Hans Swarowsky

From Wikipedia, the free encyclopedia
Jump to: navigation, search
For other uses, see Swarovski (disambiguation).
For other uses, see Svárovský.

Hans Swarowsky (September 16, 1899 – September 10, 1975) was an Austrian conductor of Hungarian birth and Jewish descent.

Swarowsky was born in Budapest, Hungary. He studied the art of conducting under Felix Weingartner and Richard Strauss.[1] His teachers in musical theory included Arnold Schoenberg and Anton Webern.

Herbert von Karajan invited him to take on the permanent position as conductor of the Vienna State Opera.[1]

He became a professor of conducting at the Vienna Music Academy. His many conducting students included Leonid Nikolaev, Paul Angerer, Claudio Abbado, Iván Fischer, Jesús López-Cobos, Zubin Mehta, Gustav Meier, Miltiades Caridis, Alexander Alexeev, Giuseppe Sinopoli, Gianluigi Gelmetti, Brian Jackson, Alfred Prinz, Bryan Fairfax and Albert Rosen. Swarowsky's lectures and essays were collected into the publication Wahrung der Gestalt (Keeping Shape), which today serves as an encyclopaedia for performance and conducting.[2]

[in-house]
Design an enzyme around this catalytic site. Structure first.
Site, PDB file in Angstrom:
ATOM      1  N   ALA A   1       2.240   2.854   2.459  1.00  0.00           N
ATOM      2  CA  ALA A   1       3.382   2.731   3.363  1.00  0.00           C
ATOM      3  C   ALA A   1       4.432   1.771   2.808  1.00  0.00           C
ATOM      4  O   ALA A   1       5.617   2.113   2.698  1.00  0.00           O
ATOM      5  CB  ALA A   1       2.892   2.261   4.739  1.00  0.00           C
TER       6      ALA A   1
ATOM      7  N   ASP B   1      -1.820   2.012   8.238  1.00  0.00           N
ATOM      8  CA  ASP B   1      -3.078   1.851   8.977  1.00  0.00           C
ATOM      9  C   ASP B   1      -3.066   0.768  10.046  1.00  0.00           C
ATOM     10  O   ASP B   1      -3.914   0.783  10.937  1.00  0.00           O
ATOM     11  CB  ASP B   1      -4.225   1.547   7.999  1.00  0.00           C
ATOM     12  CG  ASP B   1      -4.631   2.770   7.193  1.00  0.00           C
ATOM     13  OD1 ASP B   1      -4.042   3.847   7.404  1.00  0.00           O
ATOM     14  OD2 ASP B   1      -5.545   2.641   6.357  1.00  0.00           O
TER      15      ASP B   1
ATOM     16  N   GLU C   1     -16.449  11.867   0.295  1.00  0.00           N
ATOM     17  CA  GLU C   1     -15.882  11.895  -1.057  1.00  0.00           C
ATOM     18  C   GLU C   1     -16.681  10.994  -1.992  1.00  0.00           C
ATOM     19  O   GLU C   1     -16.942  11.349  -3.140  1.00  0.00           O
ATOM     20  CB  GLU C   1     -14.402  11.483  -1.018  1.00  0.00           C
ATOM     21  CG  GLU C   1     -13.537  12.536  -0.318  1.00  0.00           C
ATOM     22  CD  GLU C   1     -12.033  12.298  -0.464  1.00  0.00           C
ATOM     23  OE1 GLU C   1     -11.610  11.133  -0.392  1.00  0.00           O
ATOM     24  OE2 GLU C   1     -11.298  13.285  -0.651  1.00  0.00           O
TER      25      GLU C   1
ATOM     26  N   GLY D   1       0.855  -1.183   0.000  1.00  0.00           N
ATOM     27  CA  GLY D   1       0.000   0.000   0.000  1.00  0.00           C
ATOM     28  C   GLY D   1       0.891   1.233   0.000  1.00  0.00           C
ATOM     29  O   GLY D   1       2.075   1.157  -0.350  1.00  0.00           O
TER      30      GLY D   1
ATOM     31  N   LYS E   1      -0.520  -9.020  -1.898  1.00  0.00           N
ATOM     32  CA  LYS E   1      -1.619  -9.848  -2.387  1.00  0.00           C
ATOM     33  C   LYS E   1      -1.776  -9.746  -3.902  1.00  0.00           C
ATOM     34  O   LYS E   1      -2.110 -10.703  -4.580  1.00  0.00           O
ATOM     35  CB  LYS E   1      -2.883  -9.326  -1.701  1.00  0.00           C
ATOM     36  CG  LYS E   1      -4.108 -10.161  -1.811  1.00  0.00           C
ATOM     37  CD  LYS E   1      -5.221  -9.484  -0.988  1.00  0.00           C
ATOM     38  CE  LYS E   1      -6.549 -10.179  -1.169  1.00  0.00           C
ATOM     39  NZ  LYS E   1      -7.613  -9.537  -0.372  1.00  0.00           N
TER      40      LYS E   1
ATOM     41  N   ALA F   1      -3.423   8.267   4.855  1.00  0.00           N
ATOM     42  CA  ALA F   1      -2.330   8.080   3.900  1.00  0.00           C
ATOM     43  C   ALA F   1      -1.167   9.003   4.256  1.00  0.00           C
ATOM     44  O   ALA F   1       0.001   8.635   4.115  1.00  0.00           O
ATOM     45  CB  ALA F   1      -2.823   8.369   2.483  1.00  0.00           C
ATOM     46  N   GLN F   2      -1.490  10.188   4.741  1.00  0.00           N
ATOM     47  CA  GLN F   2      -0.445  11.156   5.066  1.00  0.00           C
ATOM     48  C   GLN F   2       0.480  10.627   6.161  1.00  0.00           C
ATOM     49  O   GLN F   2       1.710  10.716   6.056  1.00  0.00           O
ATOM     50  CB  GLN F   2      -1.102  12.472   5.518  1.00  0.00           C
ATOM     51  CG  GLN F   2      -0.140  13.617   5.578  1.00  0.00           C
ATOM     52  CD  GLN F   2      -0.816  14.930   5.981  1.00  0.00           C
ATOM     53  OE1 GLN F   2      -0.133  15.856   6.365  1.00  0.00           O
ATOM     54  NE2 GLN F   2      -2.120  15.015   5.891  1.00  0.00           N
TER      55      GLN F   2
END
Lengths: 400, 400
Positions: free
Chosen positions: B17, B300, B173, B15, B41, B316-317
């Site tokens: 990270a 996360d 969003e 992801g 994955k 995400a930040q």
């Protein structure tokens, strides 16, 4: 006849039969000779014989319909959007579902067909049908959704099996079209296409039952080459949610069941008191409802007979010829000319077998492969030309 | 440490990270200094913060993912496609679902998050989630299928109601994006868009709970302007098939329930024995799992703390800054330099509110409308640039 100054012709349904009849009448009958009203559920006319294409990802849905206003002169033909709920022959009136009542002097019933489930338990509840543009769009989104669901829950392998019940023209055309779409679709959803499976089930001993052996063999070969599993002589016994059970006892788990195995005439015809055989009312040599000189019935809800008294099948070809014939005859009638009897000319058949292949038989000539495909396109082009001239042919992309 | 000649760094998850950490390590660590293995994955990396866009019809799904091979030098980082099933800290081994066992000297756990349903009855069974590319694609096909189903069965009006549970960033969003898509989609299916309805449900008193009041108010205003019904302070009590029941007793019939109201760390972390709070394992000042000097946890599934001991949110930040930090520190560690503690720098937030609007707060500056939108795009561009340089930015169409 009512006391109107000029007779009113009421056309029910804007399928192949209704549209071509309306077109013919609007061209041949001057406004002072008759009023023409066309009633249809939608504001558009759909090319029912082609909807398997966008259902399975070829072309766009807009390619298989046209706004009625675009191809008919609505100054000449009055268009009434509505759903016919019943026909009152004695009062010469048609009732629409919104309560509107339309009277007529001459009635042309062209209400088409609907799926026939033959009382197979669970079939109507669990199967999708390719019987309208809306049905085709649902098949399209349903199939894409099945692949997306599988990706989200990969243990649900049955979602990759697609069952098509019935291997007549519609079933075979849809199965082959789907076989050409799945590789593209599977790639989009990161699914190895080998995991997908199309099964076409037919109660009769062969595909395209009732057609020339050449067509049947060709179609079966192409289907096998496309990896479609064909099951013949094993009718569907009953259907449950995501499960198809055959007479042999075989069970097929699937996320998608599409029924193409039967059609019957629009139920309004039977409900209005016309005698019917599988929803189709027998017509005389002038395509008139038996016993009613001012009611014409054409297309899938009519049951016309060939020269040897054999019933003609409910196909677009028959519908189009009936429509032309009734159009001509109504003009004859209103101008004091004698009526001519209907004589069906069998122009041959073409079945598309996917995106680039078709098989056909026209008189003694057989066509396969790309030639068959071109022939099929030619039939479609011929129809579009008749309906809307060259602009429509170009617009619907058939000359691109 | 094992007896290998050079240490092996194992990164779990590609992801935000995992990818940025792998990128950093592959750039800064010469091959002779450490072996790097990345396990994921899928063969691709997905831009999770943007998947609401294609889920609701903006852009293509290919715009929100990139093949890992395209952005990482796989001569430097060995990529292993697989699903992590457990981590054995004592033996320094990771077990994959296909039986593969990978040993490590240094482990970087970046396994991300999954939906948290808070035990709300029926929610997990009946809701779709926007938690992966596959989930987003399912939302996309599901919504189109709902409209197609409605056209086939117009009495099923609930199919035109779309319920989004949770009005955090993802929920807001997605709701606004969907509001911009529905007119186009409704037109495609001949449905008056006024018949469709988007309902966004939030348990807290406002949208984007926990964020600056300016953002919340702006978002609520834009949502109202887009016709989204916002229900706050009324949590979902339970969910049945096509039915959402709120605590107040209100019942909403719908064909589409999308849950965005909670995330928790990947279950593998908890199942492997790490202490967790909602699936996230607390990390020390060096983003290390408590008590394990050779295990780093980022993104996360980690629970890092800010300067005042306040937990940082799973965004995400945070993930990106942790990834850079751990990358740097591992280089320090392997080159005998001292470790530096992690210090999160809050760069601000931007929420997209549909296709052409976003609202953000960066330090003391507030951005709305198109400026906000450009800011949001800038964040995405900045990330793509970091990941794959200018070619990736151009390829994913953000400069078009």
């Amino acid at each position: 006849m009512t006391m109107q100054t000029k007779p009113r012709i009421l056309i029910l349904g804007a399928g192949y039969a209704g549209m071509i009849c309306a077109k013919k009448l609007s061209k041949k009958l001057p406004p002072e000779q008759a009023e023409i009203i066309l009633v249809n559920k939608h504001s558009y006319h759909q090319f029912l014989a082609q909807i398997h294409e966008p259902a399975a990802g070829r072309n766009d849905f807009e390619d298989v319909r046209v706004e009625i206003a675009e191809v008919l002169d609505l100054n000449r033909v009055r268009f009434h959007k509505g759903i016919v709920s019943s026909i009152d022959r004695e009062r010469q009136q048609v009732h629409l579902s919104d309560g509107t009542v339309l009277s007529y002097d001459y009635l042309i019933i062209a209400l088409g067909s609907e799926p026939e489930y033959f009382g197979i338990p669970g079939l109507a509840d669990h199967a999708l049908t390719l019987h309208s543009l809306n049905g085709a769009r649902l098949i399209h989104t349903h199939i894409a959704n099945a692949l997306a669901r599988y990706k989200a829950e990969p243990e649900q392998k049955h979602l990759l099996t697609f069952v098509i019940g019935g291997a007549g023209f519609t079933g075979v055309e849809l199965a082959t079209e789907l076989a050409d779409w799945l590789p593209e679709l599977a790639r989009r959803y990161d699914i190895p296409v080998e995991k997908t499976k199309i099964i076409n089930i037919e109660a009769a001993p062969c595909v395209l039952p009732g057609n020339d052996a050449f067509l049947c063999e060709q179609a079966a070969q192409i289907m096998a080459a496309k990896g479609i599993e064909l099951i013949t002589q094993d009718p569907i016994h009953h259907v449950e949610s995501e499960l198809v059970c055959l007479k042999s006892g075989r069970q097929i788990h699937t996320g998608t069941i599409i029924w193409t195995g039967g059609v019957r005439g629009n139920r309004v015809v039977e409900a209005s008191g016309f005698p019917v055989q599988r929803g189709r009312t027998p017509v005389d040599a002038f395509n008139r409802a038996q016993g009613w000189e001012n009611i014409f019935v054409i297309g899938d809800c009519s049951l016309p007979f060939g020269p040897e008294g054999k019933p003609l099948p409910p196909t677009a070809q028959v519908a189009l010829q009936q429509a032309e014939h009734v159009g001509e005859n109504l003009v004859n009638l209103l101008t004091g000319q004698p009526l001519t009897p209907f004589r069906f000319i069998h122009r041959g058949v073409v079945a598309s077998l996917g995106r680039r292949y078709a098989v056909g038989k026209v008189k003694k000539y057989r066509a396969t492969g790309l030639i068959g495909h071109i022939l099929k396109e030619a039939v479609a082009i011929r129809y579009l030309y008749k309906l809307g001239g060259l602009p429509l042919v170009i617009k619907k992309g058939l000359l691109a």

He died in Salzburg, Austria, a few days before his 76th birthday.


  1. ^ a b Jiří Vysloužil, Liner notes, Mahler Symphony No 4 Released by Supraphon, 1988
  2. ^ Swarowsky, Hans; Huss, Manfred (1979). Wahrung der Gestalt: Schriften über Werk u. Wiedergabe, Stil u. Interpretation in d. Musik. Vienna: Universal Edition. ISBN 3-7024-0138-5. 

External links[edit]